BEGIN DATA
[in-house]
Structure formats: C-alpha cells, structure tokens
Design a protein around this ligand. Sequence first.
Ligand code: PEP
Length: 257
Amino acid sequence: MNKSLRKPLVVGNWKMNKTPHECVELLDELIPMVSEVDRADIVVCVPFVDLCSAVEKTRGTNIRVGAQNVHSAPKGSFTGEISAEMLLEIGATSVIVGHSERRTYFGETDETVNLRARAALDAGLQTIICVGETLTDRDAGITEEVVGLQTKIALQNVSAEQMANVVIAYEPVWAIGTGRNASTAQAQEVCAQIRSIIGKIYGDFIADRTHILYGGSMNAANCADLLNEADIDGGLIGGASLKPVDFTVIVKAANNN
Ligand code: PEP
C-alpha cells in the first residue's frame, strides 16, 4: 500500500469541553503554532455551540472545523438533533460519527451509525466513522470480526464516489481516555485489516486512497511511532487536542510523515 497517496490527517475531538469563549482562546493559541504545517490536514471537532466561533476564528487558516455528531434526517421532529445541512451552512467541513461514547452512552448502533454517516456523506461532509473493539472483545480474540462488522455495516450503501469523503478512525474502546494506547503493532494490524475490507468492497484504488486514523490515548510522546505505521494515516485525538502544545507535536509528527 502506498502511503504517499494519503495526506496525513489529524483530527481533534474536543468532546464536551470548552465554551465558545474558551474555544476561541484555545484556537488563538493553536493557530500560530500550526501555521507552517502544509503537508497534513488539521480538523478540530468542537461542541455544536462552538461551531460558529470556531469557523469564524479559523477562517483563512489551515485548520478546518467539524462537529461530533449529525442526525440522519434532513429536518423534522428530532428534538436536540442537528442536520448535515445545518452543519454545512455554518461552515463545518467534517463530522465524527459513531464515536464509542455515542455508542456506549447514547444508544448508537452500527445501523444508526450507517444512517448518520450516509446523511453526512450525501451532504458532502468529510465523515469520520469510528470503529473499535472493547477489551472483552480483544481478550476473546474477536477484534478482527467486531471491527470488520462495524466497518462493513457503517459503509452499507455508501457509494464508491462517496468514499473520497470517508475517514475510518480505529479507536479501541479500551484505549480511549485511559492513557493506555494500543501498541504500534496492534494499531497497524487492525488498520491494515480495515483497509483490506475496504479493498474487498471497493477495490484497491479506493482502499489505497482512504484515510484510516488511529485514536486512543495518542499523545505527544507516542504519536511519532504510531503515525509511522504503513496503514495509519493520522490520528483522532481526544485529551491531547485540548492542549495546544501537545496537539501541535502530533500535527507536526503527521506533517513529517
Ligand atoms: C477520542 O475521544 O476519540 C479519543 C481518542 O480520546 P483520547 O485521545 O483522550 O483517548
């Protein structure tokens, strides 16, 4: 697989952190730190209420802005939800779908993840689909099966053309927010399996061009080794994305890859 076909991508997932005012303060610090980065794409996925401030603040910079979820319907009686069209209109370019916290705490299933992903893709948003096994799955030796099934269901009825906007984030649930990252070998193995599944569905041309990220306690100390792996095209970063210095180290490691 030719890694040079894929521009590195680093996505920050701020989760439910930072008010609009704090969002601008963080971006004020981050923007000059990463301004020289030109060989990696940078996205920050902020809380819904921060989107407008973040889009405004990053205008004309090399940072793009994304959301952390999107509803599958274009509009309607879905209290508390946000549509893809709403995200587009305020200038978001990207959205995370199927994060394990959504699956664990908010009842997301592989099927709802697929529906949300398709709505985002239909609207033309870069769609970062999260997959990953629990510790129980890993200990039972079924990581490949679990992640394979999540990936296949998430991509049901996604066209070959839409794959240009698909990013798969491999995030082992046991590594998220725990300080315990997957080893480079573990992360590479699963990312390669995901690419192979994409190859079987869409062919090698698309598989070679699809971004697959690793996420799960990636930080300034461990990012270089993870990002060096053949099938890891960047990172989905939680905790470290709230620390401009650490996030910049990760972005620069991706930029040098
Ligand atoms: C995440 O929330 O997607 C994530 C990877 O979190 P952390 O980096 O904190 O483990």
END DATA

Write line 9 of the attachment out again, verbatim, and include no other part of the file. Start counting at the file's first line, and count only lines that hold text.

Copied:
Ligand atoms: C477520542 O475521544 O476519540 C479519543 C481518542 O480520546 P483520547 O485521545 O483522550 O483517548